Have ever heard someone from Cleveland, Ohio, say, “I’m from the westside,” or likewise, “I live on the eastside”? Do you have any idea how deep the east/west thing goes in Cleveland? As an analyst at a healthcare company I’ve had to look at the geography and demographics of the greater Cleveland area. It wasn’t until then that I truly understand how different it really is – and I’ve lived here my whole life! The differences in demographics between the two are extreme in some cases and, due to the layout of our major highways, there is a distinct dividing line. Each half has it’s own unique things to offer – the westside has the zoo while the eastside has all the museums. The eastside is home to major universities while the westside has colleges. The eastside has the Grog Shop, a venue where the crowd varies from show to show, and the westside has Now That’s Class, where every night is hipster night (but with good music and bands sometimes, don’t get me wrong). Generally people don’t crossover.
Yesterday I talked about the Tremont neighborhood in Cleveland and our increasing lack of interest in what it has to offer as of late. Tremont is on the westside. Here’s what their Wikipedia entry reads, “Tremont is one of the oldest parts of Cleveland, and is home to many restaurants and art galleries. The district sits just west of the Cuyahoga River and south of the Ohio City neighborhood. Tremont is home to numerous historic churches including Pilgrim Congregational UCC (founded in 1859), St. Augustine (1893), St. John Cantius (1898), and St. Theodosius Russian Orthodox Cathedral (1912).” At 5:30PM on a Saturday night all the small boutiques are closed. Many of the galleries are closed. There aren’t people on the streets – but there are huge crowds slowly beginning to form in every restaurant and bar. I’ve said my piece about Tremont. Instead, I’d like to divert your attention to Coventry.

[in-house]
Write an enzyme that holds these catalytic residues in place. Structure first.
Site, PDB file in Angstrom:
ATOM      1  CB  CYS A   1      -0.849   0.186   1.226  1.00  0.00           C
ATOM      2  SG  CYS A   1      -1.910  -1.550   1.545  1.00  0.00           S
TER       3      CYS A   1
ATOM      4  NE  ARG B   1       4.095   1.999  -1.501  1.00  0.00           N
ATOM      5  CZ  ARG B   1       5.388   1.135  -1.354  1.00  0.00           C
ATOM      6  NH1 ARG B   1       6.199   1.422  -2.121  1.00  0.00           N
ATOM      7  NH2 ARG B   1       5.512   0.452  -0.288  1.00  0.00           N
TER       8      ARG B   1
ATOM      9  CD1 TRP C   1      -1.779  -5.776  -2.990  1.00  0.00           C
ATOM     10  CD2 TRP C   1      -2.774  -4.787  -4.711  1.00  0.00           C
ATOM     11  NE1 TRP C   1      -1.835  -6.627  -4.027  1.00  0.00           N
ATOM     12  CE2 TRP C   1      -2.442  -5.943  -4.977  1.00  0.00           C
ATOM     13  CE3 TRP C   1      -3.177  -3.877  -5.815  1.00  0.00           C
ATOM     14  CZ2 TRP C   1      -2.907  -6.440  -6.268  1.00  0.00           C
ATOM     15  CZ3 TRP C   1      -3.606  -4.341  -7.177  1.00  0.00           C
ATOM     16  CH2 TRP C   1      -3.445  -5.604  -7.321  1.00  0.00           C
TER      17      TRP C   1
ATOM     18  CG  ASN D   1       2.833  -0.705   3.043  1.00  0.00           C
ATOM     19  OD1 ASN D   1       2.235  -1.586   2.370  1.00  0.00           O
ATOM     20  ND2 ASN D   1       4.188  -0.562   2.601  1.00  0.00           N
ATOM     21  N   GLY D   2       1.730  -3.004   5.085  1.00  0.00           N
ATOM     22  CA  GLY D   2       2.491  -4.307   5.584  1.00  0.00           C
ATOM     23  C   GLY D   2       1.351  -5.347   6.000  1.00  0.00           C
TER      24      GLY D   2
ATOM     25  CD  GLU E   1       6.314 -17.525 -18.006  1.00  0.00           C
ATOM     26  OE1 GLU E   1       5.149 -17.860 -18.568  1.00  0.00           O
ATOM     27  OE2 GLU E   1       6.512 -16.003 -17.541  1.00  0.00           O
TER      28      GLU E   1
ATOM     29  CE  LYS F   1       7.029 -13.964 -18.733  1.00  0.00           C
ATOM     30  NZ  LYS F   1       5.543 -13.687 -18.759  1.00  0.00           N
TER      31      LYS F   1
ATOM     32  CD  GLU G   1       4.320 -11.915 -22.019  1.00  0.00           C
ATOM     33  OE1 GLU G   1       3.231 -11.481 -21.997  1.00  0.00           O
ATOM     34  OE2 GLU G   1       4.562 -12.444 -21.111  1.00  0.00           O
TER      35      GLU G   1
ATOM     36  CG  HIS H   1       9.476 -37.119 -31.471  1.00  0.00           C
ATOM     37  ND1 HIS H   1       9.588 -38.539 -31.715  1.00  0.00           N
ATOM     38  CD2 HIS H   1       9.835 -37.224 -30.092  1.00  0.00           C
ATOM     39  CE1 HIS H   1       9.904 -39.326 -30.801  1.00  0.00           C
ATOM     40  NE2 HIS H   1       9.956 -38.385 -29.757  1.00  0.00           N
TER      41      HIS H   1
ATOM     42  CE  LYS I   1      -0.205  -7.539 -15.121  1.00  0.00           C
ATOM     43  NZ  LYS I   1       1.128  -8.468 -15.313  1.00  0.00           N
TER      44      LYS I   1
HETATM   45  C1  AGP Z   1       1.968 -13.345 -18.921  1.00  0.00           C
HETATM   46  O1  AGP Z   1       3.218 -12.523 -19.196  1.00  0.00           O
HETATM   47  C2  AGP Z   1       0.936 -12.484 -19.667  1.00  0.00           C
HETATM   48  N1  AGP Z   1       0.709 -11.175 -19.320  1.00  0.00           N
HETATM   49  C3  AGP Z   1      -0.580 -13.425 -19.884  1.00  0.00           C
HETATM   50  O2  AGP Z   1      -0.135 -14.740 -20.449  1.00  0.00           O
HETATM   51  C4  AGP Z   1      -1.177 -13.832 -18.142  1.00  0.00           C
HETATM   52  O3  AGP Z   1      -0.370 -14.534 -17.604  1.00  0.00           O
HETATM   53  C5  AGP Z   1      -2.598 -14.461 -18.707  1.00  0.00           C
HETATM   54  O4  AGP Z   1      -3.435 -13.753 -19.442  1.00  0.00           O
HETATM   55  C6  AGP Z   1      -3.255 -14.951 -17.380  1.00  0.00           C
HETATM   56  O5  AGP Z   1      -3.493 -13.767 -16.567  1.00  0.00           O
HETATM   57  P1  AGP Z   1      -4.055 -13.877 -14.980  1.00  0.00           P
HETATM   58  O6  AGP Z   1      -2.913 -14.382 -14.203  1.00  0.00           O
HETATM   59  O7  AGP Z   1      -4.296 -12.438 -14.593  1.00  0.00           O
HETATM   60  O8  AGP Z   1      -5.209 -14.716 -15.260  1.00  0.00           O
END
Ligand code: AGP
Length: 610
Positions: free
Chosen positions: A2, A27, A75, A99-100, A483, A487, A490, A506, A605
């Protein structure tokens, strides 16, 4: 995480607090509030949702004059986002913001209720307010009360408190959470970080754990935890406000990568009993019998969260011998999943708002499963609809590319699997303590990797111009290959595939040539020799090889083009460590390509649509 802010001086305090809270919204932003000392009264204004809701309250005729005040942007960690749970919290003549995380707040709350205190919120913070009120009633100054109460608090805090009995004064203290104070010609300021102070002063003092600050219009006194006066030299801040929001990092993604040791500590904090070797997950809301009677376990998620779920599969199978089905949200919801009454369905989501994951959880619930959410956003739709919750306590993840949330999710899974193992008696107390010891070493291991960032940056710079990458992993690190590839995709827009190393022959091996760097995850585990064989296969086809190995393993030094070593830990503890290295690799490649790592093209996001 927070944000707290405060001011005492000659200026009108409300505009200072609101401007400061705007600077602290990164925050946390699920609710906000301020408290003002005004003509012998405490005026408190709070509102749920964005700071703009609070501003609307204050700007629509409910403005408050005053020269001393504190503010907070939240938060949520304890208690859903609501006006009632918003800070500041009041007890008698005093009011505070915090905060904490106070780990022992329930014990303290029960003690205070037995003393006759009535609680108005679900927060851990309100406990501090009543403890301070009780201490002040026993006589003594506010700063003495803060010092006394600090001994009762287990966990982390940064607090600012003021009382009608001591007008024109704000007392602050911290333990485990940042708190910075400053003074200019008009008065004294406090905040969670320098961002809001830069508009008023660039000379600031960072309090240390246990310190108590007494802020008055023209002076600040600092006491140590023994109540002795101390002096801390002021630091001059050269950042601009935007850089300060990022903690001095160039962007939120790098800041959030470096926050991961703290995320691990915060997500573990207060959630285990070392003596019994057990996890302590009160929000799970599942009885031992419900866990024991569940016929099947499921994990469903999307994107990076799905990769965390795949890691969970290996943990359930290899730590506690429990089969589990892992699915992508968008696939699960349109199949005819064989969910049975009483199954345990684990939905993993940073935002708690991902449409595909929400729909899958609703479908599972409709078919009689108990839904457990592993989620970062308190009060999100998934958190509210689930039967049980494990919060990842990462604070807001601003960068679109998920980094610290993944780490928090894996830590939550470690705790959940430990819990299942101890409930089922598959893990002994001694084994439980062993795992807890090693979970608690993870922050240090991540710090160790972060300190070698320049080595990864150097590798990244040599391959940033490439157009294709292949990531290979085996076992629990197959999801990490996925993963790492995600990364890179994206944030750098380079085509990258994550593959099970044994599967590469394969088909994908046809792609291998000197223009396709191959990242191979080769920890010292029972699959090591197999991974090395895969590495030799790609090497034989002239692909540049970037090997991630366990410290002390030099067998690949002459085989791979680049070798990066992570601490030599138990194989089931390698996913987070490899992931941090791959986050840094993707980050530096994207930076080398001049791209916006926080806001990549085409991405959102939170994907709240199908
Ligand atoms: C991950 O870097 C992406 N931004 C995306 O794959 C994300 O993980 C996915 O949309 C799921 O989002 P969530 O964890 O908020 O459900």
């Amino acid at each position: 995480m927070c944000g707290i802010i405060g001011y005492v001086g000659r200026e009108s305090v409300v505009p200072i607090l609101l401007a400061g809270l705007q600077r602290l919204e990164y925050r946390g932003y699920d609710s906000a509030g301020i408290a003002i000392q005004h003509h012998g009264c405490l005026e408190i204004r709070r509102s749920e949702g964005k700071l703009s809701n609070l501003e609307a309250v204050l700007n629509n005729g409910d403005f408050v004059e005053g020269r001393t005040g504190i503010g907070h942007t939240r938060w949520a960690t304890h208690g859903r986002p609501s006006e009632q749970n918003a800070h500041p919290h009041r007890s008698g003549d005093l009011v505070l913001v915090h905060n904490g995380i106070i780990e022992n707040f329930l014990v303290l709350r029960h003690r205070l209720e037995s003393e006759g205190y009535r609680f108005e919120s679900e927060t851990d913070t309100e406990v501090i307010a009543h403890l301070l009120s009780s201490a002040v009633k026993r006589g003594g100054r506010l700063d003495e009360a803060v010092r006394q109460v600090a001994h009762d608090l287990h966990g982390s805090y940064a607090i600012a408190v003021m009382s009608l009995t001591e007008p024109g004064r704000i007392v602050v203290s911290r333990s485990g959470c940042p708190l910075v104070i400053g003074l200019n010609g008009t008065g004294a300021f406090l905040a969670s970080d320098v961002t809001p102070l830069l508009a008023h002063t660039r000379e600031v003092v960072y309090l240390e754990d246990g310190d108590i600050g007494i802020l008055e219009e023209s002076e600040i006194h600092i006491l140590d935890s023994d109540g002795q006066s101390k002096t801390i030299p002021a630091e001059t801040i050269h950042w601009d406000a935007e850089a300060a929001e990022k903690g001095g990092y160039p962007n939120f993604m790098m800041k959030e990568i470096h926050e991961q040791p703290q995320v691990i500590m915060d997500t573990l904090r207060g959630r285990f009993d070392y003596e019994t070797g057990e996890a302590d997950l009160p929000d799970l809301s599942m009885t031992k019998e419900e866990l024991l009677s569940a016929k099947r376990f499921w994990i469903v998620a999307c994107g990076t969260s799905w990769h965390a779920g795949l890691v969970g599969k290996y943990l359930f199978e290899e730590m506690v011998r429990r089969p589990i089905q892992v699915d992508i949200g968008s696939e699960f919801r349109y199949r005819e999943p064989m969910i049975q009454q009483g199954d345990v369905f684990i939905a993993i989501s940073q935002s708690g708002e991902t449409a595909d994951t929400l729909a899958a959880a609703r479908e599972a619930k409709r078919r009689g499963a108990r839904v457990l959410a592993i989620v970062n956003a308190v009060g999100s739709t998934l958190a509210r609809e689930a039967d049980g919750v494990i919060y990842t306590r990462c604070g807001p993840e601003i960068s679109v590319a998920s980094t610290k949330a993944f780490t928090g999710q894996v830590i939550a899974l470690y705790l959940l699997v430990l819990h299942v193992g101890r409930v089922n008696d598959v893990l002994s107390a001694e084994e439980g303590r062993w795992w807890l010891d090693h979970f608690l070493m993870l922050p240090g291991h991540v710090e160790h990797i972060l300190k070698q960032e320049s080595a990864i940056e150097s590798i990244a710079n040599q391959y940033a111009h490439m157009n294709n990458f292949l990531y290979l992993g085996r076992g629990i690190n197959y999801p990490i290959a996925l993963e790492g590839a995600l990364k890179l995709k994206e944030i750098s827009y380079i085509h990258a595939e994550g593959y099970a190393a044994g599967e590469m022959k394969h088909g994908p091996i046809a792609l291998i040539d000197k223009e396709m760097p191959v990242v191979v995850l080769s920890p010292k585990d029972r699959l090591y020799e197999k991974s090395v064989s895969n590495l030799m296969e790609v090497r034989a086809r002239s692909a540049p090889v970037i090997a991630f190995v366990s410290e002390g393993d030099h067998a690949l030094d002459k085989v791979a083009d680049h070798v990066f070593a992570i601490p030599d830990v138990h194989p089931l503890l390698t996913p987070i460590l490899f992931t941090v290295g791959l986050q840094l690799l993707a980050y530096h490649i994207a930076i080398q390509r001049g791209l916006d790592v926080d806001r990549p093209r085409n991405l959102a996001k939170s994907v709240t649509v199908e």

Coventry is on the eastside. The wiki entry for Coventry? “Is associated with Northeast Ohio‘s artistic, musical, bohemian, hippie and emerging hipster communities and is the center of Cleveland‘s creative class, inviting comparisons to the Haight-Ashbury district in San Francisco and Greenwich Village in New York City, although on a smaller scale.” A bit of a stretch? Maybe. But at 6PM on a Saturday night, in the middle of January when it is unseasonably warm, you find a vibrant strip with people all over. There’s a great mix of food and retail – and every shop has their door propped open at least until 8PM. There are landmarks like Big Fun, a vintage toy and nostalgia shop, Dave’s Cosmic Subs, Tommy’s restaurant (doing vegan before vegan was cool) and the aforementioned Grog Shop. The shops range from hippie to boutique and Record Revolution is still plugging away, even though I think most of their business comes from the head shop in the back. The restaurants aren’t nearly as unique as Tremont. The beauty of that, though, is that they don’t attract nearly as “unique” a clientele.
On Saturday night, we drove away from the Cleveland Brew Shop disappointed. When we pulled up on Coventry, though, it was like going to an old friend’s house. Instantly we were ready for round 2. We breathed an audible sigh of relief when we stepped out on the street. I have and will always be a west side girl (I still can’t find ANYTHING outside of the near east side of Cleveland because their streets don’t make any sense). I’d much rather spend my time enjoying what the east side has to offer, though.